Unlike with BTO flats, there are no income ceilings for the purchase of a resale flat. However, if anyone on the application (purchases and occupiers) own an HDB flat, you must dispose of the flat within 6 months of the purchase of the new resale flat. You must also dispose of all private properties either locally or overseas before or within 6 months of the purchase.
You will need to ballot for BTO flats on the HDB website – do some research into the flats you want, and submit a ballot online. Your results for the ballot will be out in about a month, and you will be notified of whether you are successful. Some people are successful on the first try, and some will need more tries; this depends on a variety of criteria.
If you are successful, you may receive an HLE letter that states you are eligible for a loan. If you are using a bank loan, ask for an Approved-in-Principle (AIP) from your bank.
Once the HLE or AIP is obtained (if relevant), you will be invited to select your flat by the Housing and Development Board. At this point, you will also fill out your Option to Purchase (OTP) and pay the fee. Should you choose to exercise your OTP to signal your confirmation of the purchase, you will then sign and submit the OTP and pay the down payment, stamp duties, and legal fees as well.
Once submitted, it’s a waiting game! BTO flats may take a few years to complete, and the purchase is finished once you collect your keys.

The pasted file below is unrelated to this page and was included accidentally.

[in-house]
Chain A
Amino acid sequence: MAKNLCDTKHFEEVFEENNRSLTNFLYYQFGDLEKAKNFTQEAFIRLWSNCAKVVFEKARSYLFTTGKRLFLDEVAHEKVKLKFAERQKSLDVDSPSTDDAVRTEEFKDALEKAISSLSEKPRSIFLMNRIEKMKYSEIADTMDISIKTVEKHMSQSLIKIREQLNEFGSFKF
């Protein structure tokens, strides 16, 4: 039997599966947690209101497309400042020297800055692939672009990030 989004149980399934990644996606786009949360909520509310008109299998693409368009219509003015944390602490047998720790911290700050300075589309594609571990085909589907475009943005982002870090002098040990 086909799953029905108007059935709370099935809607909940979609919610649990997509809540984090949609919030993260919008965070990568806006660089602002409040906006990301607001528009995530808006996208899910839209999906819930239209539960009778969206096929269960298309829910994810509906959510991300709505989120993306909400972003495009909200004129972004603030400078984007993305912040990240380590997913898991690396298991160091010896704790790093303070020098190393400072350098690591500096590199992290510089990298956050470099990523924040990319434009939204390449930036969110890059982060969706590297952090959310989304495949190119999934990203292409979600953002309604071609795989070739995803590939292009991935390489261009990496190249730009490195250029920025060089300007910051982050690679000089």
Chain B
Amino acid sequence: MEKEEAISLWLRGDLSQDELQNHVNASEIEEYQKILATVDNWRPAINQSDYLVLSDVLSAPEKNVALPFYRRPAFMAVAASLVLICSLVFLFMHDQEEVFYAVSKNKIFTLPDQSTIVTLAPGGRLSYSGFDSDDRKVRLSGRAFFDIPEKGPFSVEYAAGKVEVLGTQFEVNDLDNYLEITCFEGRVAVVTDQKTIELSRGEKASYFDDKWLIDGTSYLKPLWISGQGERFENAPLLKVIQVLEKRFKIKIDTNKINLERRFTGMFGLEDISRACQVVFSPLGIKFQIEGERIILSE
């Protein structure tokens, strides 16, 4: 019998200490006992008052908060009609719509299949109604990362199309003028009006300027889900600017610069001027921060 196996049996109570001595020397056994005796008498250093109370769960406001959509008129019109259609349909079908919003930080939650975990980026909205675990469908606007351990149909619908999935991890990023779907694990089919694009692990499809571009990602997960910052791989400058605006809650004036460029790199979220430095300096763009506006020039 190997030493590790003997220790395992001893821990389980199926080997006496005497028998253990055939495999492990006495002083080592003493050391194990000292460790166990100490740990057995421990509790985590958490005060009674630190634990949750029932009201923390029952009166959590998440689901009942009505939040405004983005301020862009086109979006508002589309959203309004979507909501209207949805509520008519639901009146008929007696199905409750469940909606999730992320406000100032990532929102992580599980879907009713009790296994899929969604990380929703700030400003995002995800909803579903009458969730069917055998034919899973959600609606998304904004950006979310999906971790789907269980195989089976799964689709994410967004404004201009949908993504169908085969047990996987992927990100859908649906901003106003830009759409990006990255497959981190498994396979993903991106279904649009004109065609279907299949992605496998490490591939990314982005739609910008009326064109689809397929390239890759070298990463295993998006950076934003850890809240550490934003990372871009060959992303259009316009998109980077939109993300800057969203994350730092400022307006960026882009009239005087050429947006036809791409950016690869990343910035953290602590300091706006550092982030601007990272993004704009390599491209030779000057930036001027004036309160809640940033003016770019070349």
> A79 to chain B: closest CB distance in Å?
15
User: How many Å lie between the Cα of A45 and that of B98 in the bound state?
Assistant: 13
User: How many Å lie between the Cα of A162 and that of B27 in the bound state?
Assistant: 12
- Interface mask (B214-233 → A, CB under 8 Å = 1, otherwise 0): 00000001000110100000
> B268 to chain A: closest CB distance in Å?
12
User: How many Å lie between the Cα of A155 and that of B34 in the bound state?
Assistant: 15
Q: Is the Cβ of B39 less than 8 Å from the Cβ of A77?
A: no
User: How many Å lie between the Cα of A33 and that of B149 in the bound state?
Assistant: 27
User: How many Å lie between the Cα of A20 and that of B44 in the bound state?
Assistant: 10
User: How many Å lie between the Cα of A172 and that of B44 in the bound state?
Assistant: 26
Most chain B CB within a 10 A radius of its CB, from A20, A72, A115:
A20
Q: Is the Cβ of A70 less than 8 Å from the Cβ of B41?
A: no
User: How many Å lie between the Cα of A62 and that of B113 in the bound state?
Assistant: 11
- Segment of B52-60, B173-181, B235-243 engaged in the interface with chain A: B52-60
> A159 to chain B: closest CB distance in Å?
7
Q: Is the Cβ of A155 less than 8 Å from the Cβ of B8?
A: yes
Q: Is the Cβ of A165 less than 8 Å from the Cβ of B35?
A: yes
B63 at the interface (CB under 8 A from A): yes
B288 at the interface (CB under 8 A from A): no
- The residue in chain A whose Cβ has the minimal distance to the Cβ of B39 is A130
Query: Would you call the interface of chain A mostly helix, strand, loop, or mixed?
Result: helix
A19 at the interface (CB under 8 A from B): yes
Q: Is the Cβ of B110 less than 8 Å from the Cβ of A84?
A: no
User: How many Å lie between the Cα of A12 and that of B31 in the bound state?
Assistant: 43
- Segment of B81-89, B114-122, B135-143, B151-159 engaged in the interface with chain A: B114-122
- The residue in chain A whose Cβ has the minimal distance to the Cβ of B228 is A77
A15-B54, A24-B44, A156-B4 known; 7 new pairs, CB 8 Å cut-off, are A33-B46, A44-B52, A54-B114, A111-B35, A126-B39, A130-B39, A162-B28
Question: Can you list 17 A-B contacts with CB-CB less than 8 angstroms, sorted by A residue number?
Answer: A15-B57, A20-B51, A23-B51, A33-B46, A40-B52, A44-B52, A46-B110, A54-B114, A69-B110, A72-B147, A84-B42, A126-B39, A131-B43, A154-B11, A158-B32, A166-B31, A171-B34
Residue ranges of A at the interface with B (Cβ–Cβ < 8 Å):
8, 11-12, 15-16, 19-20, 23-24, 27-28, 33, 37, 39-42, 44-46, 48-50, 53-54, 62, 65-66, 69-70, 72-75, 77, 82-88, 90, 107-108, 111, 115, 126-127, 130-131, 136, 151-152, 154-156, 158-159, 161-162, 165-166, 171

Once you have done your research and are certain as to which resale flats you would like to apply for, the first thing you will do is to register your Intent to Buy through the HDB Resale Portal. The form will take you through a series of questions and provide options for your flat, and it will also ask you about how you will finance your HDB, submit the application, and upload your documents. The Intent to Buy is not the purchase but indicates your eligibility to purchase the flat. It is the precursor for receiving a second item, the Option to Purchase.
If your Intent to Buy has been submitted, it is valid for 12 months, during which the seller of the flat you would like may grant you an Option to Purchase (OTP). If you are looking at a loan, you will also need to get a valid letter from your lender (e.g. the HDB Loan Eligibility, HLE, letter). The OTP serves as the form of contract in this transaction. Once it has been granted, you have 21 calendar days to confirm your decision on the purchase. If you do, exercise the OTP by completing the form and paying your deposit to the seller (which may not exceed $5,000).
Finally, you and the seller will need to both submit your resale applications to HDB within 7 days of each other. The government will then process your application.
Public Scheme vs. Fiancé Scheme
The Fiancé-Fiancée Scheme allows you to purchase flats before your marriage, and to do so before you qualify for the HDB Public Scheme, which would already require partners to be married before qualification. Using the Public Scheme for BTO or resale purchase can only happen after you are married, and you can include your children in your family unit.